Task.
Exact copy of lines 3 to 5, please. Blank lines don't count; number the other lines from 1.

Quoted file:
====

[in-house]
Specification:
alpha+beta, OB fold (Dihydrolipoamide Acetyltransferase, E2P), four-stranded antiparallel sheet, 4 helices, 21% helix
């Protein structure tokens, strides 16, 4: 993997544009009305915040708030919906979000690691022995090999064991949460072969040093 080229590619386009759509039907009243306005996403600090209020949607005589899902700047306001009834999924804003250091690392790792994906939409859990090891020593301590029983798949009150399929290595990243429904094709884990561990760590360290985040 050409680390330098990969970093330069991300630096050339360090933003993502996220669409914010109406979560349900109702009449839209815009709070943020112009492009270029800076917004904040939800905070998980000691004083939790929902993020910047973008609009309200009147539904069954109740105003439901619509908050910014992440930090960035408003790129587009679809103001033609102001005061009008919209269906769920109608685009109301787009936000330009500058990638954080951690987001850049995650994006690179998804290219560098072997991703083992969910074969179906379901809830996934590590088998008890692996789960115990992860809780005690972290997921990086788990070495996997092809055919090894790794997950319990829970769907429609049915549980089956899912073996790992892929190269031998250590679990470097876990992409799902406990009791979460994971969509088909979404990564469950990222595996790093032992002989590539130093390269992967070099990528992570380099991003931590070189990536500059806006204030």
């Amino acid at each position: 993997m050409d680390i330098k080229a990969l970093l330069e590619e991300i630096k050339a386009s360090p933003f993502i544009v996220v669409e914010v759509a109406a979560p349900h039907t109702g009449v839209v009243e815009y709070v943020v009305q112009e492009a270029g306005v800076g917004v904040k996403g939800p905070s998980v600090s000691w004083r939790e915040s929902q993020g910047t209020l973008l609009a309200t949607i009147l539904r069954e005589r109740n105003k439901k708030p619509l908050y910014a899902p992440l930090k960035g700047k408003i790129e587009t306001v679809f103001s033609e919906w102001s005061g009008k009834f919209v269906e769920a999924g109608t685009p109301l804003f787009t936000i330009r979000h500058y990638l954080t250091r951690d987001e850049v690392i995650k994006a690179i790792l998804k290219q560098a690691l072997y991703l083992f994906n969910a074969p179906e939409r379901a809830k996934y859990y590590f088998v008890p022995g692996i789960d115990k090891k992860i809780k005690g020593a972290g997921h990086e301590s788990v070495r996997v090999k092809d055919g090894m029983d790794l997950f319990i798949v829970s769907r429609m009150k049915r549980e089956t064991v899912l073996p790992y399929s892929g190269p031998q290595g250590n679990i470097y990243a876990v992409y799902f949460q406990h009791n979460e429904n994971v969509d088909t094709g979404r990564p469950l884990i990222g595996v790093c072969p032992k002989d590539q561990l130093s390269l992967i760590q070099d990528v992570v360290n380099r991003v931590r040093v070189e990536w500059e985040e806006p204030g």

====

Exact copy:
alpha+beta, OB fold (Dihydrolipoamide Acetyltransferase, E2P), four-stranded antiparallel sheet, 4 helices, 21% helix
């Protein structure tokens, strides 16, 4: 993997544009009305915040708030919906979000690691022995090999064991949460072969040093 080229590619386009759509039907009243306005996403600090209020949607005589899902700047306001009834999924804003250091690392790792994906939409859990090891020593301590029983798949009150399929290595990243429904094709884990561990760590360290985040 050409680390330098990969970093330069991300630096050339360090933003993502996220669409914010109406979560349900109702009449839209815009709070943020112009492009270029800076917004904040939800905070998980000691004083939790929902993020910047973008609009309200009147539904069954109740105003439901619509908050910014992440930090960035408003790129587009679809103001033609102001005061009008919209269906769920109608685009109301787009936000330009500058990638954080951690987001850049995650994006690179998804290219560098072997991703083992969910074969179906379901809830996934590590088998008890692996789960115990992860809780005690972290997921990086788990070495996997092809055919090894790794997950319990829970769907429609049915549980089956899912073996790992892929190269031998250590679990470097876990992409799902406990009791979460994971969509088909979404990564469950990222595996790093032992002989590539130093390269992967070099990528992570380099991003931590070189990536500059806006204030």
């Amino acid at each position: 993997m050409d680390i330098k080229a990969l970093l330069e590619e991300i630096k050339a386009s360090p933003f993502i544009v996220v669409e914010v759509a109406a979560p349900h039907t109702g009449v839209v009243e815009y709070v943020v009305q112009e492009a270029g306005v800076g917004v904040k996403g939800p905070s998980v600090s000691w004083r939790e915040s929902q993020g910047t209020l973008l609009a309200t949607i009147l539904r069954e005589r109740n105003k439901k708030p619509l908050y910014a899902p992440l930090k960035g700047k408003i790129e587009t306001v679809f103001s033609e919906w102001s005061g009008k009834f919209v269906e769920a999924g109608t685009p109301l804003f787009t936000i330009r979000h500058y990638l954080t250091r951690d987001e850049v690392i995650k994006a690179i790792l998804k290219q560098a690691l072997y991703l083992f994906n969910a074969p179906e939409r379901a809830k996934y859990y590590f088998v008890p022995g692996i789960d115990k090891k992860i809780k005690g020593a972290g997921h990086e301590s788990v070495r996997v090999k092809d055919g090894m029983d790794l997950f319990i798949v829970s769907r429609m009150k049915r549980e089956t064991v899912l073996p790992y399929s892929g190269p031998q290595g250590n679990i470097y990243a876990v992409y799902f949460q406990h009791n979460e429904n994971v969509d088909t094709g979404r990564p469950l884990i990222g595996v790093c072969p032992k002989d590539q561990l130093s390269l992967i760590q070099d990528v992570v360290n380099r991003v931590r040093v070189e990536w500059e985040e806006p204030g």